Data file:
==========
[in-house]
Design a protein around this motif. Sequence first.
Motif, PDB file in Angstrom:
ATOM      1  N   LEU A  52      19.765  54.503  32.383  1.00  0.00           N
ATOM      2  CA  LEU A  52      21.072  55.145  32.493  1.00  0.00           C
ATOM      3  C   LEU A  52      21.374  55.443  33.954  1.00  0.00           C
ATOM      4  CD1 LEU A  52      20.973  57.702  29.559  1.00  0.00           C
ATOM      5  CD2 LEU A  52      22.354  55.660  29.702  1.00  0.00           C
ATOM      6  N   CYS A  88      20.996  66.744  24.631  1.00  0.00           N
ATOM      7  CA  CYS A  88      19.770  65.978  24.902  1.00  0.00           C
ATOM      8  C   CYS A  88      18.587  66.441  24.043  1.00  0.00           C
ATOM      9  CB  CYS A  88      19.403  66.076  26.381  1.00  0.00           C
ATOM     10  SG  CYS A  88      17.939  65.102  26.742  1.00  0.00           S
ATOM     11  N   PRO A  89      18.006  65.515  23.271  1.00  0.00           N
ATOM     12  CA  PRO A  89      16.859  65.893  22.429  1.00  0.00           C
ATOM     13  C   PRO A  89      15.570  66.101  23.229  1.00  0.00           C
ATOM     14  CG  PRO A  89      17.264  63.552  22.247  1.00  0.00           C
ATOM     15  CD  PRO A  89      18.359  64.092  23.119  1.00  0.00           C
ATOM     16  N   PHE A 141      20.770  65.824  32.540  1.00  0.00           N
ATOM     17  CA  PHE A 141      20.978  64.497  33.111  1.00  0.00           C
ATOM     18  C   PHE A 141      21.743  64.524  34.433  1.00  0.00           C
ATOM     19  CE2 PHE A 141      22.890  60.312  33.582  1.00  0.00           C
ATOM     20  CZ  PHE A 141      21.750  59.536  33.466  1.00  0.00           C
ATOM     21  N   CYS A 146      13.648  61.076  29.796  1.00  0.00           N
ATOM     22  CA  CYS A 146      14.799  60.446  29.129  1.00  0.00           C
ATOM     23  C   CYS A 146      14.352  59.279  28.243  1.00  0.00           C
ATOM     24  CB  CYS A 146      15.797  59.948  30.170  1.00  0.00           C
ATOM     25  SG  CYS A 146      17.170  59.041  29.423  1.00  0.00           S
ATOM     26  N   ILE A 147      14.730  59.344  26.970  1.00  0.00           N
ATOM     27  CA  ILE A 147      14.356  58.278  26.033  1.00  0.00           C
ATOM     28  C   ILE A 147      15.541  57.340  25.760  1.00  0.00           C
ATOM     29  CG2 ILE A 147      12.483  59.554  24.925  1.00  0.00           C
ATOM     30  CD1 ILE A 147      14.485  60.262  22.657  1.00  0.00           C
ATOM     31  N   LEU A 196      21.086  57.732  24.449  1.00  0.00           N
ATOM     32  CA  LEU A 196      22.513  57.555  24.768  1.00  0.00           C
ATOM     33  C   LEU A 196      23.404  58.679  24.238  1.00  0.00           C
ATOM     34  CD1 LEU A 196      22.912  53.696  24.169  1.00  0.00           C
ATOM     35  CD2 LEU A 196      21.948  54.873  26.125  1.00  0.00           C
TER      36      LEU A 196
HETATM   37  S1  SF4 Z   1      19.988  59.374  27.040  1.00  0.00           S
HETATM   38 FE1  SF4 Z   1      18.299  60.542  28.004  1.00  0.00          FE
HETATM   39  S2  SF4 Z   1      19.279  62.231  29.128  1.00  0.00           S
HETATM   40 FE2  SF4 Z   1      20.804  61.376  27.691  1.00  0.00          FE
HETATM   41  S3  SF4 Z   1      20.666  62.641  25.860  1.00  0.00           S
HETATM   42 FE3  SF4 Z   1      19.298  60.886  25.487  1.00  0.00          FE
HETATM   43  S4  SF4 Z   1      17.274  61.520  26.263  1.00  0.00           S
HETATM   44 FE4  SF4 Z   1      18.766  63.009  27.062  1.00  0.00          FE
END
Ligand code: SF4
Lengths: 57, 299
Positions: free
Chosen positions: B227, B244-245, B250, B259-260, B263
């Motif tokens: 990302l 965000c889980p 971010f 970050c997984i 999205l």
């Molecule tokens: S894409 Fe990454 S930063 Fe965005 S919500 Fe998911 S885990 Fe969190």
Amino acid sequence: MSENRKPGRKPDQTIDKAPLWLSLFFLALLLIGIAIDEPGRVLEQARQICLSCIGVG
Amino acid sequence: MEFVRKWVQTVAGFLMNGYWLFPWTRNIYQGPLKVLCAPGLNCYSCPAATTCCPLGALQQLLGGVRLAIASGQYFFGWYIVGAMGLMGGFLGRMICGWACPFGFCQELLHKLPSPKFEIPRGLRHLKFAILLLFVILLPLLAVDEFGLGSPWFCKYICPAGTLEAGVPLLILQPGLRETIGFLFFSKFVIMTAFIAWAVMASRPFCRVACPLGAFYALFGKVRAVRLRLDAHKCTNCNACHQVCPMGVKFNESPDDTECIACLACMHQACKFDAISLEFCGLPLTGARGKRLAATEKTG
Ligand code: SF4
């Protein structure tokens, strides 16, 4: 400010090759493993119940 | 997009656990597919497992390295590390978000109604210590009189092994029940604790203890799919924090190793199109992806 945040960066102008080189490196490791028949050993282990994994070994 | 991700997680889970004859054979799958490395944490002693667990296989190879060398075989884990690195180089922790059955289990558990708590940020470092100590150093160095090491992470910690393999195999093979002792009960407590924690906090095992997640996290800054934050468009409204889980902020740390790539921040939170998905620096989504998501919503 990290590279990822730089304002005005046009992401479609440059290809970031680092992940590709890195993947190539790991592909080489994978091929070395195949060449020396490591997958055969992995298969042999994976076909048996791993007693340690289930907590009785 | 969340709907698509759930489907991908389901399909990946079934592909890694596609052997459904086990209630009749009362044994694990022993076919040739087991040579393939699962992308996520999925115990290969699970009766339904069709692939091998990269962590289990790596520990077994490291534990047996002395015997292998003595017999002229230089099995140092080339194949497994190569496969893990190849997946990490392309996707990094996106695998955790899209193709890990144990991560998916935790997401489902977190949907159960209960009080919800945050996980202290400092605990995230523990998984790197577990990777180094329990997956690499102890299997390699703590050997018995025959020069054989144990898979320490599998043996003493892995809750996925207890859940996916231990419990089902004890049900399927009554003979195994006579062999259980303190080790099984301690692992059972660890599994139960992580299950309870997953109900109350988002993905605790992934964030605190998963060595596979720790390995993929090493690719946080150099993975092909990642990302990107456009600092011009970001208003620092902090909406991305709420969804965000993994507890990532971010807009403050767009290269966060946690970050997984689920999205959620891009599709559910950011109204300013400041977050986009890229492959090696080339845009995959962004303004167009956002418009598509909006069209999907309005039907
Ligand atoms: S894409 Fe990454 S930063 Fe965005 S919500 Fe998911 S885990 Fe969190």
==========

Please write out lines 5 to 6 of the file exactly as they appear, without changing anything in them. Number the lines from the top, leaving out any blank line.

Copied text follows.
ATOM      2  CA  LEU A  52      21.072  55.145  32.493  1.00  0.00           C
ATOM      3  C   LEU A  52      21.374  55.443  33.954  1.00  0.00           C